To be available to their users, all websites need to be on a computer somewhere, connected to the internet and world wide web. You can either organise this yourself, or let a hosting provider do some or all of it for you. The degree to which the provider does this, is what differentiates the types of hosting you can buy.
Hosting, your way
Unlike with virtual/shared/reseller hosting your own bare-metal dedicated server should allow you to customise the hosting to suit your needs and provide you with complete isolation from other customers and what they get up to as the whole of the physical hardware is dedicated to you.
It’s also where things can get more complicated in terms of support and help, read on for more.
Hassle or hassle free?
Just like with a cloud/virtual server, this is where things can become a hassle, broadly speaking there are two classes of management you can expect with a dedicated server:
Un-managed – Bar installing the OS, it’s all up to you to install the software you need, keep up to date with security and fix any problems
Fully Managed – The provider will take care of everything for you with the caveat that “everything” differs between providers!
If you’re just moving on from virtual or reseller hosting then you’re probably going to want a fully managed solution unless you’re familiar with running your own servers – do you really want to be learning on the job with your live apps/sites?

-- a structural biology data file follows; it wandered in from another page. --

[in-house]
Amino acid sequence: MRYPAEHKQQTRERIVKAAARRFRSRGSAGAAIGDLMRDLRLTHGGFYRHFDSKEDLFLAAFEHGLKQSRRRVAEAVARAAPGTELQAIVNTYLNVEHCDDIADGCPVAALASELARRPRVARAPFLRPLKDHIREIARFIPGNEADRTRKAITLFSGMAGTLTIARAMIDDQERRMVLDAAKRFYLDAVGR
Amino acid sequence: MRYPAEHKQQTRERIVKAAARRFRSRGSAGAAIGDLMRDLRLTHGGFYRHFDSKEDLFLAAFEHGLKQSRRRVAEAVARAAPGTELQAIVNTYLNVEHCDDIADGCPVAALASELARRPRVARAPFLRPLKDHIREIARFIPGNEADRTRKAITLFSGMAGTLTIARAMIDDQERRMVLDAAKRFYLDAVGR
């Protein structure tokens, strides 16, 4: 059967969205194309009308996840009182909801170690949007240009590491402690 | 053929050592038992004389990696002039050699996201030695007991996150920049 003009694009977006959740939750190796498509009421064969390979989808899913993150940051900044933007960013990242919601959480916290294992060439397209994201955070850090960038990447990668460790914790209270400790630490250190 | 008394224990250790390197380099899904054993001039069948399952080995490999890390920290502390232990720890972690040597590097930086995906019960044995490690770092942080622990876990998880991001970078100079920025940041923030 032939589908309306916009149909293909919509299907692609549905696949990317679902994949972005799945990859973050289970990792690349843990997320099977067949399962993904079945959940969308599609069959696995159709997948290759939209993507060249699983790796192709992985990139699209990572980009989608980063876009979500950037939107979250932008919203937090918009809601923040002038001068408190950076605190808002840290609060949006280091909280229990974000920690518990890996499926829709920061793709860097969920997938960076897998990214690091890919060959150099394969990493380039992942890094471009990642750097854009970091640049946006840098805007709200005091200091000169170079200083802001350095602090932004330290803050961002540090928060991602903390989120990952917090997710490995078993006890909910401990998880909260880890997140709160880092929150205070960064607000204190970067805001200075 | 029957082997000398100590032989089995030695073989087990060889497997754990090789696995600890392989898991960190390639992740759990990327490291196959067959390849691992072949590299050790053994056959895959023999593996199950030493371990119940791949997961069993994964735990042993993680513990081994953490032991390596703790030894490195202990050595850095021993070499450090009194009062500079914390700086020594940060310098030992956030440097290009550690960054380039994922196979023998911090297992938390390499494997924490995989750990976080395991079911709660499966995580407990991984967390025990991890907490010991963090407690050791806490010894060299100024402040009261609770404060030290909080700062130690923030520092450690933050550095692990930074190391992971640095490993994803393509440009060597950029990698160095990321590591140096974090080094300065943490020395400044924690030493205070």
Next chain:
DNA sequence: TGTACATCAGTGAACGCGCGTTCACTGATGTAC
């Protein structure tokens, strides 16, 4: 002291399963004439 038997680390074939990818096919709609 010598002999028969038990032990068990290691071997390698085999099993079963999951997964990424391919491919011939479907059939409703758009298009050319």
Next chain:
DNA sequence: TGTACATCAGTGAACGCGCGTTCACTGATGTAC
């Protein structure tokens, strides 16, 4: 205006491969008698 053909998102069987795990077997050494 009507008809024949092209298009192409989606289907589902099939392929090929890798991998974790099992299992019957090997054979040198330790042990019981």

Hosting as a holiday
Imagine for a moment that each type of web hosting is like holiday accommodation, a dedicated server would be like having your own private villa with a pool, it’s all dedicated just to you. You’ve got no one else using your villa or pool (hardware) and the only people using your kitchen and bathroom (resources) are the people (customers) you’ve invited (hosted) to holiday with you.
If you want to take up the whole pool with a dozen giant pink inflatable flamingos then that’s up to you, it’s your pool after all.
Is a dedicated server right for my customers’ websites?
Unfortunately it’s not always as simple as, “I need 200GB of space and this server has 500GB so it’ll do“. There are a number of things you need to consider, here’s our top 5 things to consider when looking at different types of website hosting.